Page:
Deborah Kahn

Hello everyone,

sometime recently someone asked for the exact Steiner quotes fuelling the discussion on how to translate "Hauptrasse". I said at the time that I'd leave that to somebody else. As that somebody else did not appear, I decided to search for all the place where Steiner used "Hauptrasse(n)" ("main race") in the "Missions ...." book (GA 121).

Surprise! He uses the word "Hauptrasse" (the singular form) exactly zero times and he uses the word "Hauptrassen" (the plural form) exactly once! That is in the second page of the seventh lecture. Here is the context of the one and only occurrence of the word:

"Wir müssen nämlich weit zurückblicken, zurückblicken bis in die ersten atlantischen Zeiten, wenn wir die Zeit erfassen wollen, wo die Verteilung stattgefunden hat in die fünf Hauptrassen, von denen wir gesprochen haben, wenn wir fragen wollen: Wann sind hingekommen an den bestimmten Punkt nach Afrika diejenigen Menschen, die dann die schwarze oder äthiopische Rasse bildeten, wann sind in das südliche Asien gekommen diejenigen Völker, welche die malayische Rasse ausmachen? Da müßten wir in frühe atlantische Zeiten zurücksehen."

It's not online in English. So I will have to do a quick translation:

"We have to look far back, look back into the first Atlantean times, if we want to understand the time where the division into the five main races, of which we spoke, took place, if we want to ask: when did those people come to a particular point in Africa, who then formed the black or Ethiopian race, when did those peoples come into southern Asia that then made up the Malaysian race? There we have to look back into early Atlantean times".

"...of which we spoke earlier...": the whole previous lecture talked about this. But there Steiner consistently called them the five "Grundrassen" (i.e. the five "principal" or "basic" races). The editors later put "Die fünfte Hauptrassen der Menschheit" in the table of content as the title of lecture six ("The five main races of humanity"), even though this word does not occur once in lecture six. But that is OK, because Steiner is obviously using "Grundrassen" and "Hauptrassen" (the one time he uses the latter in GA 121, see the above citation) synonymously. The division into five main (or prinicple) races refers to the division into the black, yellow, brown, red and white race, as these are the only races he talks about in the "Mission ..." book. He talks about "Atlantean times", but does NOT refer to this as a "root race" à la Blavatsky.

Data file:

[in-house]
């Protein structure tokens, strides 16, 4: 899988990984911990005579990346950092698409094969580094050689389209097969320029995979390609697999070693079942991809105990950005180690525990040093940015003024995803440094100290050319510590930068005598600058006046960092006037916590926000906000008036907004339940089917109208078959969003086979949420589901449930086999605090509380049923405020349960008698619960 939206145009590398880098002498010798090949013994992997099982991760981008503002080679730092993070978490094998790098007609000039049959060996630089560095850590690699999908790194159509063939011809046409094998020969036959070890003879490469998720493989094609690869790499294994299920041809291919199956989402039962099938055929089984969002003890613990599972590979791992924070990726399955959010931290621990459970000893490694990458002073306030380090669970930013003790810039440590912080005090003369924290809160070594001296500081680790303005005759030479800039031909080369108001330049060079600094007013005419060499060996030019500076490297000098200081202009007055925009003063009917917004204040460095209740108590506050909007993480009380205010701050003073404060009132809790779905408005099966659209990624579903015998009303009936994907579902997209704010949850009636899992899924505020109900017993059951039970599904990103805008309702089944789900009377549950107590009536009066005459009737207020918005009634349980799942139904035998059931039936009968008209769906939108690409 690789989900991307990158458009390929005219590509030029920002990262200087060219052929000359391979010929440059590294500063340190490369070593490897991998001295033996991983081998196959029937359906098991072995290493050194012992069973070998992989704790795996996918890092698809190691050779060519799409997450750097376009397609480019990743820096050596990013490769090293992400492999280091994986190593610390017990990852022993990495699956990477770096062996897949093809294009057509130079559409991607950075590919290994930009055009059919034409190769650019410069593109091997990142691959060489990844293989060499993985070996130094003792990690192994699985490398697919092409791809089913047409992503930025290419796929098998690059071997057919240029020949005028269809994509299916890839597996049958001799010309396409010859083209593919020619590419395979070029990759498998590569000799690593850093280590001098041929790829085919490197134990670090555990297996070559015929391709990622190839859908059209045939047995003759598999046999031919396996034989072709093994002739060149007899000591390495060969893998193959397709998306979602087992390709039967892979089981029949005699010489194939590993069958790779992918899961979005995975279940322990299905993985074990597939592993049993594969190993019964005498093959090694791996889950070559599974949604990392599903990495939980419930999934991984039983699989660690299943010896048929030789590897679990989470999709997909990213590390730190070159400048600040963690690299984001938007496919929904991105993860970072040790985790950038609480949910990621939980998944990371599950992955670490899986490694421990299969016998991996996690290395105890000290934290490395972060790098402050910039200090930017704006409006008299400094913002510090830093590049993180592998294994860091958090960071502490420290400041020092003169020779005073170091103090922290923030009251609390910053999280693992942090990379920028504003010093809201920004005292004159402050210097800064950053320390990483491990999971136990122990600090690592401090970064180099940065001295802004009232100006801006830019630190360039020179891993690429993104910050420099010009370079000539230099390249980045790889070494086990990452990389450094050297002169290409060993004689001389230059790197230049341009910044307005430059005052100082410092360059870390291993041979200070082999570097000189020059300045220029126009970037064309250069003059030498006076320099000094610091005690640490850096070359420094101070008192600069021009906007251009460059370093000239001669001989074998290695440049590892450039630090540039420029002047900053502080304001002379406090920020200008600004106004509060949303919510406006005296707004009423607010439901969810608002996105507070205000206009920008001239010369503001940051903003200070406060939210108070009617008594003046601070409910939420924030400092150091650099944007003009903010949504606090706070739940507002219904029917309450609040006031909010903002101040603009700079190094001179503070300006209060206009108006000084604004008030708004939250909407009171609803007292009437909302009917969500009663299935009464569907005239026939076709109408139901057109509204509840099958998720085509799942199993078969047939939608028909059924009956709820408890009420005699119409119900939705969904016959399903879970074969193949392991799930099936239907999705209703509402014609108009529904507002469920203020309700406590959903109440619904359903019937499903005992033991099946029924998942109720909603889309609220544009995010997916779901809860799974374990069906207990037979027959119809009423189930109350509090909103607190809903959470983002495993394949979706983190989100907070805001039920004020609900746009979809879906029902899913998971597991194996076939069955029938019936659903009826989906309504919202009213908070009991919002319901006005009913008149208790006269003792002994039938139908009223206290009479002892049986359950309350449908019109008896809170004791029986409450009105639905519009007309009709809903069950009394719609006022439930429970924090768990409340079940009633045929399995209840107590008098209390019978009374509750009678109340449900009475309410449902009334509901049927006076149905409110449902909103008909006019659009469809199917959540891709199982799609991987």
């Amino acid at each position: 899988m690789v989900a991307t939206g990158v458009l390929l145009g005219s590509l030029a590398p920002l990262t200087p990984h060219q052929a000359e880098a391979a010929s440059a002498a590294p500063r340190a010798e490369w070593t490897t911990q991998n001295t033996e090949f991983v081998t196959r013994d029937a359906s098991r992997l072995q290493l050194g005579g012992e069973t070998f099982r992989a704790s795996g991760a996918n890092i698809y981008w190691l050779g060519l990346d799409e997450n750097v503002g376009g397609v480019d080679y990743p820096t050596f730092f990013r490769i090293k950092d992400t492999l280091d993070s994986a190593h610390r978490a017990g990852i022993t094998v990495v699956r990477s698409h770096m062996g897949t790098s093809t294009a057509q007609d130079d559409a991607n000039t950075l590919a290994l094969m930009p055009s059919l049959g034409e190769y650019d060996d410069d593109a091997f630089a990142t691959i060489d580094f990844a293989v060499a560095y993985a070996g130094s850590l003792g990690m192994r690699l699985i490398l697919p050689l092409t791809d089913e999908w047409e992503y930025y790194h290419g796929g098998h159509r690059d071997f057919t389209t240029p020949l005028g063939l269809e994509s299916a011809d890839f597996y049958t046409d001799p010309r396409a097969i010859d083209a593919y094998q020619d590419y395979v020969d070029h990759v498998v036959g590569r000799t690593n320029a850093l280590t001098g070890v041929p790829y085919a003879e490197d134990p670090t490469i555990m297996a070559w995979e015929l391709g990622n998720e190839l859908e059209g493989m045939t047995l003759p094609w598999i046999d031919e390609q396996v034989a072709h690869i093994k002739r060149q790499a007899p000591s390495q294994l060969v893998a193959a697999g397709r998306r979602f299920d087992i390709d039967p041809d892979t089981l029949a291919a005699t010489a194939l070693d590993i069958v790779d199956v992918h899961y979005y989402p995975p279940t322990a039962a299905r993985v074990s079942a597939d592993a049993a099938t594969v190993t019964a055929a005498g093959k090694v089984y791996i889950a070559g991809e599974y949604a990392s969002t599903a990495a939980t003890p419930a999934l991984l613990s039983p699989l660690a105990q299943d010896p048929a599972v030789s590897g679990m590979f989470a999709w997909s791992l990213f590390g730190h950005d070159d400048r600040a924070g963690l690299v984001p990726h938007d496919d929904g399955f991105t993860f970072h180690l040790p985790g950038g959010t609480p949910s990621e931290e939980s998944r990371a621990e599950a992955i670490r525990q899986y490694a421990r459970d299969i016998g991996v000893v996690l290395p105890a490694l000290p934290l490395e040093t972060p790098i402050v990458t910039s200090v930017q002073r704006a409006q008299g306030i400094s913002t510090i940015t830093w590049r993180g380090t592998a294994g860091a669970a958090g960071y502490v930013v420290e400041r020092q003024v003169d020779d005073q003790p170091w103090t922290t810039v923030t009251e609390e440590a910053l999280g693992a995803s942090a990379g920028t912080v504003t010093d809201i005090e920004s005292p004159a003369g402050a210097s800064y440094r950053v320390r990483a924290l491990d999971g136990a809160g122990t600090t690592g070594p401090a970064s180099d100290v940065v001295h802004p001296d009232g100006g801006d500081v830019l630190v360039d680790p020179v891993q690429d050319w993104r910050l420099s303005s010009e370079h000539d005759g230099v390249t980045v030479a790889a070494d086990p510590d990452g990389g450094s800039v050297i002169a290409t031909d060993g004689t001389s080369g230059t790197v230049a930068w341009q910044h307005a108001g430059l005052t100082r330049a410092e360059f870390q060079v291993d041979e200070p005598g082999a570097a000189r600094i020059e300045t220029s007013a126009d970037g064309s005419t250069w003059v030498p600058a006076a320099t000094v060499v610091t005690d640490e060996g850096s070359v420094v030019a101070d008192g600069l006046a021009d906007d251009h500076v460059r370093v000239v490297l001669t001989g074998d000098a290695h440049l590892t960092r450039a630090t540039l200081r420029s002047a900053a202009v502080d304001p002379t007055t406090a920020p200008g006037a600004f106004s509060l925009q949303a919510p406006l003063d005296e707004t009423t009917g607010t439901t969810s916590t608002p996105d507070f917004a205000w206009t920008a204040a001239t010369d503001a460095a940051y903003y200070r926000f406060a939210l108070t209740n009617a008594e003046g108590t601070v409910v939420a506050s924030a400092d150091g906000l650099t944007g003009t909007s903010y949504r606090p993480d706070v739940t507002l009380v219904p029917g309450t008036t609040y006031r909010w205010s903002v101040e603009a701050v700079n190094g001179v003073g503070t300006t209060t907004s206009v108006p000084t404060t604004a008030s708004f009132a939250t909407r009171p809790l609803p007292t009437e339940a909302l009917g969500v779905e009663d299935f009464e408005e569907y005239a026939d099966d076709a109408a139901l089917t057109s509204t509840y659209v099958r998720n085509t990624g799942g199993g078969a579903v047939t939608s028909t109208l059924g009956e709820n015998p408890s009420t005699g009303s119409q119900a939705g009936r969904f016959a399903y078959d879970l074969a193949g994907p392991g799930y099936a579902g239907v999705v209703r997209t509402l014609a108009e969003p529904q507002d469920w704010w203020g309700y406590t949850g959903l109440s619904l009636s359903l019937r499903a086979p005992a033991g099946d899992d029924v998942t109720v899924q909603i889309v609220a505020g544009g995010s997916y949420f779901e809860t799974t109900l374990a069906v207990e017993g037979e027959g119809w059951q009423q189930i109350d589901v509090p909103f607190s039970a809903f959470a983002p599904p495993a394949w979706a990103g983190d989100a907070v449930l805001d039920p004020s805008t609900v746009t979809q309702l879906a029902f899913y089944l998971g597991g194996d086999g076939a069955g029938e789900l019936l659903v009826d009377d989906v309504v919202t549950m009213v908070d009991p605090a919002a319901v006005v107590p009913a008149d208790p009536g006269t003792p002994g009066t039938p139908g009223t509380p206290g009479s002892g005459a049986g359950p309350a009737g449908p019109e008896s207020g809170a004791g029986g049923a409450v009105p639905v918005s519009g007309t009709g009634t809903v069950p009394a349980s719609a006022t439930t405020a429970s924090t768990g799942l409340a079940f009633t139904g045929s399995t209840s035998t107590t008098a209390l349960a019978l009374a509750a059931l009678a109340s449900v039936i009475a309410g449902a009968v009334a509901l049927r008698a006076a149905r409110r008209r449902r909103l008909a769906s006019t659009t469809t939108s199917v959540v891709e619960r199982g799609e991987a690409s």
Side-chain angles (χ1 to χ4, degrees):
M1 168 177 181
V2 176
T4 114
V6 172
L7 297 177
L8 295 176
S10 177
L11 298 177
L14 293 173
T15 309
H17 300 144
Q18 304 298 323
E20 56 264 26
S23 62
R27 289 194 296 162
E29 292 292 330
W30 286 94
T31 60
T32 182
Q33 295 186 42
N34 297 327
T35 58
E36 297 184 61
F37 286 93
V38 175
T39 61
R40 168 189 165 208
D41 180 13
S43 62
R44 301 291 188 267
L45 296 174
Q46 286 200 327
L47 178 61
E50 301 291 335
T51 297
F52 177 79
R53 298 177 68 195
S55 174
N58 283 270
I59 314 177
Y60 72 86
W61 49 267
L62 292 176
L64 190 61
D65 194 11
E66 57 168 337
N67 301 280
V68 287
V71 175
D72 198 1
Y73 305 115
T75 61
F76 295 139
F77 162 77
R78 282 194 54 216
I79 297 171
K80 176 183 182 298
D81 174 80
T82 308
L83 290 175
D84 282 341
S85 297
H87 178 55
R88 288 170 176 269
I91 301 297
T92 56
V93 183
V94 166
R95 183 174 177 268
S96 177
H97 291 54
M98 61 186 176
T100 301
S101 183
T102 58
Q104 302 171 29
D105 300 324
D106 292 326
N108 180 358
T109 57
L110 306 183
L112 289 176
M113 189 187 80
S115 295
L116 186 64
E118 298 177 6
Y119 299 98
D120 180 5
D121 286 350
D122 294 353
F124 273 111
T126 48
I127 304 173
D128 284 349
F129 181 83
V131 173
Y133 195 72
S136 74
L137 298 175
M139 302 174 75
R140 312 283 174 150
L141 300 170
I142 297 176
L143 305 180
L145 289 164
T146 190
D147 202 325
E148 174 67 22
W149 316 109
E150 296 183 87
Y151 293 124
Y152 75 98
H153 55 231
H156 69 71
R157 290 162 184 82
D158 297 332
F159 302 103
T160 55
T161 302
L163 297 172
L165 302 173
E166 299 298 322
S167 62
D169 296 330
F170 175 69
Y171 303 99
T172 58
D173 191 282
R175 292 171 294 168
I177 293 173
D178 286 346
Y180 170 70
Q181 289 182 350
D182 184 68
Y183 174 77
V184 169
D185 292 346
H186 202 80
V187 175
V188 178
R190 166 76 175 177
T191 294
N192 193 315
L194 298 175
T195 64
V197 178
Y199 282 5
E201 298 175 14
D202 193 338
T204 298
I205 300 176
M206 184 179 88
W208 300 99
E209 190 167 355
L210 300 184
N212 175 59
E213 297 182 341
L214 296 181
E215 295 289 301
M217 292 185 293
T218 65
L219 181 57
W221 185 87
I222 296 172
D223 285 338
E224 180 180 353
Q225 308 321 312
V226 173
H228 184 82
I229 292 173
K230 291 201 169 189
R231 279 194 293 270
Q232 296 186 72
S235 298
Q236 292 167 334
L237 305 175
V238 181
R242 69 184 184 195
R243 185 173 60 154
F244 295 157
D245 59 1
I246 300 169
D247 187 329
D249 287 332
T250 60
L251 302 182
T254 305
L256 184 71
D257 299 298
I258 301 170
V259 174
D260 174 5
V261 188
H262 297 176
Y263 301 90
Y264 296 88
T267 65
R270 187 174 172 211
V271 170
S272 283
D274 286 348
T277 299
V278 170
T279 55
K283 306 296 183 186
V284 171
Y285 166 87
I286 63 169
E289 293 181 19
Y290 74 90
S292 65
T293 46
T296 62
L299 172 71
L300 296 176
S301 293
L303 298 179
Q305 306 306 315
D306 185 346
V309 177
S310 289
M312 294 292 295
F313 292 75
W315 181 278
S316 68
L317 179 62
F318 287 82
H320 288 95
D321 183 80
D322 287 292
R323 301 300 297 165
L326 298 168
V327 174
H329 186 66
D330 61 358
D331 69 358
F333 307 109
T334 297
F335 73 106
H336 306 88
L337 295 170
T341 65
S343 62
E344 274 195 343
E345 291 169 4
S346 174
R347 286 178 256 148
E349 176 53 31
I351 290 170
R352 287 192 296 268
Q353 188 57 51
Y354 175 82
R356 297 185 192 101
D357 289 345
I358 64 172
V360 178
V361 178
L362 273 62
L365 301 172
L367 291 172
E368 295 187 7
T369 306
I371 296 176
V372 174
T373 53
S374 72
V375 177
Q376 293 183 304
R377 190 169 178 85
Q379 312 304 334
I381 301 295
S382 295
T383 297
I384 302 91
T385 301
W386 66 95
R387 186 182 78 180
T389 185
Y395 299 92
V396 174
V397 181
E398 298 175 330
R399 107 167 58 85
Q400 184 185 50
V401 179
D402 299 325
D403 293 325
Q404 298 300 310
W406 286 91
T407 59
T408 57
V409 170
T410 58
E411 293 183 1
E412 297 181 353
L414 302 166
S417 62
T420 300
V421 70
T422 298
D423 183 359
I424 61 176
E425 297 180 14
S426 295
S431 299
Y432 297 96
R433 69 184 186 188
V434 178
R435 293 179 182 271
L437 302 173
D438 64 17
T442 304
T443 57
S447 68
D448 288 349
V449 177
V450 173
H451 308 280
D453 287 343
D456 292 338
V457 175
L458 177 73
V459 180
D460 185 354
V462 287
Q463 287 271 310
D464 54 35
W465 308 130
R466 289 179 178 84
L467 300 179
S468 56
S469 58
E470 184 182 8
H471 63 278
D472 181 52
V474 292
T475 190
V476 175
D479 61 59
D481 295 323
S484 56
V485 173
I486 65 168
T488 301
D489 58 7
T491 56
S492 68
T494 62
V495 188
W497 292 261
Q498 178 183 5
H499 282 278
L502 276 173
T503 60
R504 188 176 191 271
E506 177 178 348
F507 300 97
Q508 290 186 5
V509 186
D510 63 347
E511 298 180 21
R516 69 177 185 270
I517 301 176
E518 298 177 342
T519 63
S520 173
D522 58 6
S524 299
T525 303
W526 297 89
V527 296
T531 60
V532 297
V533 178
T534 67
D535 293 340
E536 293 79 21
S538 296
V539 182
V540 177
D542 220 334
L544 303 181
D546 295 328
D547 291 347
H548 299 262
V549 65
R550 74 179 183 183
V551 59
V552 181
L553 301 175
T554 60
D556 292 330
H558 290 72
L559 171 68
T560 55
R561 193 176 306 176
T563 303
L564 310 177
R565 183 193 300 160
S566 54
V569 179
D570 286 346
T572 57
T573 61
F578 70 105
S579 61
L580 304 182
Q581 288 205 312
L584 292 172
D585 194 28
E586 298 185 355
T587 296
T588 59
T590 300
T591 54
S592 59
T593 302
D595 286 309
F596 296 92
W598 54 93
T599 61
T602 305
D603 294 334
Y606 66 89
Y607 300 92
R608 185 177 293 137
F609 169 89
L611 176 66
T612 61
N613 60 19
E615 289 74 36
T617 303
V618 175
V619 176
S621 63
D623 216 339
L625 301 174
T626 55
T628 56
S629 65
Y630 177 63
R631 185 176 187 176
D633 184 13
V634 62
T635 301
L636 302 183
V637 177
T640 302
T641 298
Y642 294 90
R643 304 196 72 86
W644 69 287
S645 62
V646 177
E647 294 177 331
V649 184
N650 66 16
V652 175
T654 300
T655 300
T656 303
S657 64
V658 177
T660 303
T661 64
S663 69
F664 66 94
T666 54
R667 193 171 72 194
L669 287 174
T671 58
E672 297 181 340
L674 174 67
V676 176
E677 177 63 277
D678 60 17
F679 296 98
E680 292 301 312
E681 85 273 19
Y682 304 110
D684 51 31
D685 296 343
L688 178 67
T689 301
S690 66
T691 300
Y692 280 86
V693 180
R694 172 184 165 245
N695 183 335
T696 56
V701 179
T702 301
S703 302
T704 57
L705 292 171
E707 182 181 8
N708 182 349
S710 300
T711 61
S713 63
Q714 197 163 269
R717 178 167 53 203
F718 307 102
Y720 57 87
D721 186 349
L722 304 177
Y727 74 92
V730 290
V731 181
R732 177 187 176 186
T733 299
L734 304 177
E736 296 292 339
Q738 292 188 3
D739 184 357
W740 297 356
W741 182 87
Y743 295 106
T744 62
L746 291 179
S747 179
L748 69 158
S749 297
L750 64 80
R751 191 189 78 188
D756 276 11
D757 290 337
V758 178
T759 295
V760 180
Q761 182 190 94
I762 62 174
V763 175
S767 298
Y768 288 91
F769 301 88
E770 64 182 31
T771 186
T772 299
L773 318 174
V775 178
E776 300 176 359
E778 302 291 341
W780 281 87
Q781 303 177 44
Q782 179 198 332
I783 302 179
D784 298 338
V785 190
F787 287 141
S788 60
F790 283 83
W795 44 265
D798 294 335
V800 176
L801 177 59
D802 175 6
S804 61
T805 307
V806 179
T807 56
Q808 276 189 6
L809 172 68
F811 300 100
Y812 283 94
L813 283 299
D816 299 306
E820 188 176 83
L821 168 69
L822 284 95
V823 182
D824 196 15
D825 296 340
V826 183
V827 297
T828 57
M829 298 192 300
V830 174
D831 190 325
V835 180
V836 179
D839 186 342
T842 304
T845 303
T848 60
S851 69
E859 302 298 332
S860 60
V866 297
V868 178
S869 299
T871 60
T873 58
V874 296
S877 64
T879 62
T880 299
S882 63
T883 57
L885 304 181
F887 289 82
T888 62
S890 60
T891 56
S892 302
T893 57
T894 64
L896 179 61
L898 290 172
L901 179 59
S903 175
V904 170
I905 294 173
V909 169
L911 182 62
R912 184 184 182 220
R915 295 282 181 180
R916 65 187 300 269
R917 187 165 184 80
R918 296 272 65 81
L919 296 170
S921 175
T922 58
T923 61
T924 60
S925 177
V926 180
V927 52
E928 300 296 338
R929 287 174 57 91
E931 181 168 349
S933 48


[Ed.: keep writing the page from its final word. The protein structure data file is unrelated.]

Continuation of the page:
Anyone who replaces "main races" in the above quote with "principle races" would be replacing the word with a synonym. Anyone replacing it with "root races" - as has been done by translators - is making an obvious error, because then the five root races would refer to the black, yellow, brown, red and white race. But we have hitherto agreed on this list that there is obviously not a 1-1 correlation between the black, yellow, brown, red and white race and the five historical root races of Blavatsky, one reason being that the first two root races didn't even possess physical bodies, as has been correctly pointed out.

In fact, Steiner explicitly talks in lecture 7 not of the "5th post-Atlantean root race", as Blavatsky would have done, but of the "5th post-Atlantean cultural epoch". Steiner has by 1910 shed the "root race" terminology altogether as a misnomer and replaced it with "cultural epoch". I recommend reading lecture seven! He talks about various archangels in relations to peoples and cultures (also the Semites). It reads very much like a big symphony. No more mention of race as the lecture proceeds. Yes, he does make value judgements about certain cultural impulses. For example, it is clear that for him the Semitic impulse is of central significance.

I don't want to go into any more depth here. I simply wanted to point out that anyone who still claims that "root race" is the correct translation the one time "Hauptrasse" occurs in this text after all that has been said cannot think straight (and probably doesn't have enough wits to have made it to the end of high school with a diploma). But some people are so confused on certain things that they're beyond help.

Detlef Hardorp